"That's where I spent my youth delivering papers, and my dad, as I got older and through into college he, started moving into real estate development and management. Primarily management," Mike said. "So I grew up managing apartments and retail, and then my career took a jog. I was managing our shopping center there for my dad and then went into health clubs, and then I ended up here after I got involved with 18 different businesses."

He came to the Central Coast in 1991, and he and his wife Peg have lived in the same house since they first moved to Atascadero. At the start, Mike's family owned Santa Ysabel Ranch, which he managed before selling all of the parcels where Target now stands to Weyrick, and he also ran the River Lodge for 25 years.

"That's what brought me up here, but what made me want to move here was the people, but also it's just so beautiful," Mike stated. "I grew up in Southern California, and it was mostly asphalt and concrete. There's so many trees here."

Atascadero Chamber of Commerce Citizen of the Year Mike Zappas is shown with his wife Peg
'23 20 |

Mike, who has a degree in biology, added that he's very proud of being able to leave 215 oaks standing, primarily blue, while building Hidden Oaks. The National Arbor Foundation recognized Mike, his company Z Villages Management and Development, and the project for leaving the oaks intact while the building of the apartments took place, building around them instead of removing them from the property.

"The main thing is how special Atascadero is, and I don't know still if people really understand how special it is," he added. "I know, coming from Southern California. Every time I go back there, I can't believe how busy it is. There's those freeways and all of the ... it's just so much more serene up here."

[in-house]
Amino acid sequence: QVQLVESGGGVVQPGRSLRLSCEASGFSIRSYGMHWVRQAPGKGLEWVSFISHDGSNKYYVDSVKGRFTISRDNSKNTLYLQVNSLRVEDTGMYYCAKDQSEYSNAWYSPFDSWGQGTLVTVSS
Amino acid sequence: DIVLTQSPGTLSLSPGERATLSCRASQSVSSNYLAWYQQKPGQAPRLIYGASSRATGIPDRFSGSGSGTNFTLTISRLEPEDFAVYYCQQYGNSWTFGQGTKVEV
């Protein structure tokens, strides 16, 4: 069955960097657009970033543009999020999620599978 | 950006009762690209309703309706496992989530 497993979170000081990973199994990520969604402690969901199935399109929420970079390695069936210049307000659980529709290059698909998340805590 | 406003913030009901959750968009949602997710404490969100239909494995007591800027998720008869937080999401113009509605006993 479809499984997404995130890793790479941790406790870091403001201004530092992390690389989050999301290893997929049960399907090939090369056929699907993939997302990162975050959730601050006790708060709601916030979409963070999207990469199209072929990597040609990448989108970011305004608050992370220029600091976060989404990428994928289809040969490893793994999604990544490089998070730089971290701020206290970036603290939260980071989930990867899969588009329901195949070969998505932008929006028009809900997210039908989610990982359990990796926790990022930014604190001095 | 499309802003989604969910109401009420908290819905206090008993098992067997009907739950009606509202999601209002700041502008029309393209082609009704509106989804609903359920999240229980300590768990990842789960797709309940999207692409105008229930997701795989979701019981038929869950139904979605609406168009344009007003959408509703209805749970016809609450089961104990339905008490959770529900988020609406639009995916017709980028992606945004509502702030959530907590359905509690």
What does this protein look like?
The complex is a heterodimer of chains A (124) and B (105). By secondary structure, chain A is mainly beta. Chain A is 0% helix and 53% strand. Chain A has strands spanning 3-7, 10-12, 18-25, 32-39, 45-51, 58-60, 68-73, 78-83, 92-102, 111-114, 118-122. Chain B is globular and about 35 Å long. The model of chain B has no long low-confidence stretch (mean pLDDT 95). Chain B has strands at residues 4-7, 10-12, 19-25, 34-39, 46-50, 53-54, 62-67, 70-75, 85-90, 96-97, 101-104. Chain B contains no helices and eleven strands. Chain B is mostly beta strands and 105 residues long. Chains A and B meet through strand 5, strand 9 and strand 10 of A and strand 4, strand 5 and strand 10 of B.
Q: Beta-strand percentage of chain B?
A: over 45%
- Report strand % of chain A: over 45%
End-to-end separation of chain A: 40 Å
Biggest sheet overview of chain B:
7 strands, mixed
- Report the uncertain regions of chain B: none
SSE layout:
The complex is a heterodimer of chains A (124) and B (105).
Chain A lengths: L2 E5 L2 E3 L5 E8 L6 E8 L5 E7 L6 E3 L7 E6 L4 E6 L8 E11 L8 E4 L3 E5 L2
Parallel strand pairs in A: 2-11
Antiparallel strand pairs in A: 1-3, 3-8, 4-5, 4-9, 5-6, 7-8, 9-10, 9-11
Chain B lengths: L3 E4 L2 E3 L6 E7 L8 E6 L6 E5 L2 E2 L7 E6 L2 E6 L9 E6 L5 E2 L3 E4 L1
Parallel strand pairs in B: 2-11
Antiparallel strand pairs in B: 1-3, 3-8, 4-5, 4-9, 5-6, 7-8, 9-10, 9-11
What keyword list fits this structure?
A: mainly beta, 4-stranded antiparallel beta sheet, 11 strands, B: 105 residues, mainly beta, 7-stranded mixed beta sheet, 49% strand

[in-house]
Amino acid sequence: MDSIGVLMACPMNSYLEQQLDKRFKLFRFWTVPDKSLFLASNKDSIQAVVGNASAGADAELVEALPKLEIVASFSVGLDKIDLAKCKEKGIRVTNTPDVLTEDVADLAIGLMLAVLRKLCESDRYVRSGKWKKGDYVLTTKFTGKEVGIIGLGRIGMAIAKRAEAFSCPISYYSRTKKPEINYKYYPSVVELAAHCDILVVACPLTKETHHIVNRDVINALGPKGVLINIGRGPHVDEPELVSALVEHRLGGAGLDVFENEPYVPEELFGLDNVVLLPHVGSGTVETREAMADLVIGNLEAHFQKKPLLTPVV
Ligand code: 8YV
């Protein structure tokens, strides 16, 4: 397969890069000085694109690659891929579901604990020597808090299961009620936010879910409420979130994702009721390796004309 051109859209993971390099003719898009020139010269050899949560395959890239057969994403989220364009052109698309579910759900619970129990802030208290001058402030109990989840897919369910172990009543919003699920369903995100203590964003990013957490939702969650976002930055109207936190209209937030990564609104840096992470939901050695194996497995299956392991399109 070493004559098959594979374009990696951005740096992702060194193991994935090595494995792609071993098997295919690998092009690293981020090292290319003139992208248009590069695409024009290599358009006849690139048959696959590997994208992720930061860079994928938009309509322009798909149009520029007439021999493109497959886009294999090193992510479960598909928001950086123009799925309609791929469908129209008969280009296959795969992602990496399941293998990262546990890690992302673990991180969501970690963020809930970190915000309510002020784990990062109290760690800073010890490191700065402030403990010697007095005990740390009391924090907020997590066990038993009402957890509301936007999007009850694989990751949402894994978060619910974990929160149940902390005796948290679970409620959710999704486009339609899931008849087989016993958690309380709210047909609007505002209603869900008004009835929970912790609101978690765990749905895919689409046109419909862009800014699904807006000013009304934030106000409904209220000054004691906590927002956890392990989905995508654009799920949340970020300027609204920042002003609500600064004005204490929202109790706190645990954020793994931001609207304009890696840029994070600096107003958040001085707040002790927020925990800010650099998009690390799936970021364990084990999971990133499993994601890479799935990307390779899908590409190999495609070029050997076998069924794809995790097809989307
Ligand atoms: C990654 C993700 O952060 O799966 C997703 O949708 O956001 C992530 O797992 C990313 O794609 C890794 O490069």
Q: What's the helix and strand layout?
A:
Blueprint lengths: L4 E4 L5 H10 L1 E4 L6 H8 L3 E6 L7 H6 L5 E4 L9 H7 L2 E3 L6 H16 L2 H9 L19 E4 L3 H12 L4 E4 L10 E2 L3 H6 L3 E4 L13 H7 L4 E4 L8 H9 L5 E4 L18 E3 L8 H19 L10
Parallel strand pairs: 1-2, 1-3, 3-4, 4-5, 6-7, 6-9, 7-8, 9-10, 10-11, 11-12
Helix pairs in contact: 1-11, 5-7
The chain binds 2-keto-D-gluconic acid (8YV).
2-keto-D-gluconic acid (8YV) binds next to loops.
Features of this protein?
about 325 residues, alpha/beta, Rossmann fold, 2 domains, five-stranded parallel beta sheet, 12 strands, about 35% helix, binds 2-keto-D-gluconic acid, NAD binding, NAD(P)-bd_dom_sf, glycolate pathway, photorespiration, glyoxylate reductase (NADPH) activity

For the last five years, Mike and his company have been busy building and developing downtown Atascadero's newest addition, La Plaza. In that five years, Mike stated that he's really grown to appreciate Atascadero even more through its unique history, from the Woman's Republic and the city's artist colony roots to the old La Plaza that was once on Traffic Way before it burnt to the ground.

"We had over 100 sub-contractors working on this project [La Plaza]. So people are giving me the credit, but really it was those subs and the talented architects and architectural historians that we had," said Mike. "They really were the ones that came up with all the great ideas."

He added that La Plaza was a collaborative process between a large group of people who wanted to maintain the historical element of Atascadero.

"People stop me all the time and tell me they're really excited about Atascadero now. And that's what we wanted. We wanted to be agents of change here. We wanted to bring a new vibe to Atascadero, and I think it's starting to take hold, and it's not just us now," Mike said proudly.

Mike and Peg have four now-grown children, whom they raised in Atascadero. Each of his children has also added their own staples to Atascadero. Max is the current president of the Homeowners Association. Zoe was a major part of getting the Equality Mural Project going downtown. John is an artist who created the logo and the sculpture at La Plaza. And his youngest son Tucker is a social worker in the Bay Area.

"It's been a family effort. Everybody's jumped in and helped," he added.

Things are starting to wind down for Mike, and he's started to turn over a lot of things to his son Max, who also works for Z Villages. He's looking forward to being able to travel with his wife and spend extra time with her, which has been a main priority since her diagnosis of brain cancer three years ago.

"It's been a long journey. We've been here over 30 years. To tell you the truth, the first thing that struck me when I first moved here was how friendly everyone was," stated Mike. "The people here are absolutely fantastic. We've made great friends, and it was a great place to raise our kids."

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Lifetime Achievement Award: Celebrating Lifelong Success

This year, the Atascadero Chamber of Commerce added the Lifetime Achievement Award to their lineup for 2023, and the honor has gone to Larry Wysong, owner and founder of Wysong Construction. Larry and his company have been building up Atascadero in the 38 years he's been a resident. If you've been on a San Luis Obispo County school campus lately, you've seen his work.

"It's great. It's wonderful. I've gotten quite a few awards from the Chamber — Business Person of the Year and all those neat things. I'm honored to have it. It's great," Larry said on receiving the award.